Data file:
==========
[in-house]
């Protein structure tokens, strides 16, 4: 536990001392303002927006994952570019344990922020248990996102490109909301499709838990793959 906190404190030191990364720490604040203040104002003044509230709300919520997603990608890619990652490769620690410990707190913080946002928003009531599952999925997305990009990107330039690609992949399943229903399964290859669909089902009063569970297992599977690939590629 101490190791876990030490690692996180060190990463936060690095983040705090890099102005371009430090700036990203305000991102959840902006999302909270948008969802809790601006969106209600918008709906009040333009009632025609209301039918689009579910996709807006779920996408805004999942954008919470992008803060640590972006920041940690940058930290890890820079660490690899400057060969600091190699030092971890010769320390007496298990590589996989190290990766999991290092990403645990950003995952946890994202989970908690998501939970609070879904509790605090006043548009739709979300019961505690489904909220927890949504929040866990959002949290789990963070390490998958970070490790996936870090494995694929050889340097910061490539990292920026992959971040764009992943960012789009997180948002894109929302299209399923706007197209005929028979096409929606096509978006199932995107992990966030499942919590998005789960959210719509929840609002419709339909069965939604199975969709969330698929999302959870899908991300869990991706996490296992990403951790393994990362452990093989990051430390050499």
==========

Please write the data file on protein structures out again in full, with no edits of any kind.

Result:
[in-house]
């Protein structure tokens, strides 16, 4: 536990001392303002927006994952570019344990922020248990996102490109909301499709838990793959 906190404190030191990364720490604040203040104002003044509230709300919520997603990608890619990652490769620690410990707190913080946002928003009531599952999925997305990009990107330039690609992949399943229903399964290859669909089902009063569970297992599977690939590629 101490190791876990030490690692996180060190990463936060690095983040705090890099102005371009430090700036990203305000991102959840902006999302909270948008969802809790601006969106209600918008709906009040333009009632025609209301039918689009579910996709807006779920996408805004999942954008919470992008803060640590972006920041940690940058930290890890820079660490690899400057060969600091190699030092971890010769320390007496298990590589996989190290990766999991290092990403645990950003995952946890994202989970908690998501939970609070879904509790605090006043548009739709979300019961505690489904909220927890949504929040866990959002949290789990963070390490998958970070490790996936870090494995694929050889340097910061490539990292920026992959971040764009992943960012789009997180948002894109929302299209399923706007197209005929028979096409929606096509978006199932995107992990966030499942919590998005789960959210719509929840609002419709339909069965939604199975969709969330698929999302959870899908991300869990991706996490296992990403951790393994990362452990093989990051430390050499």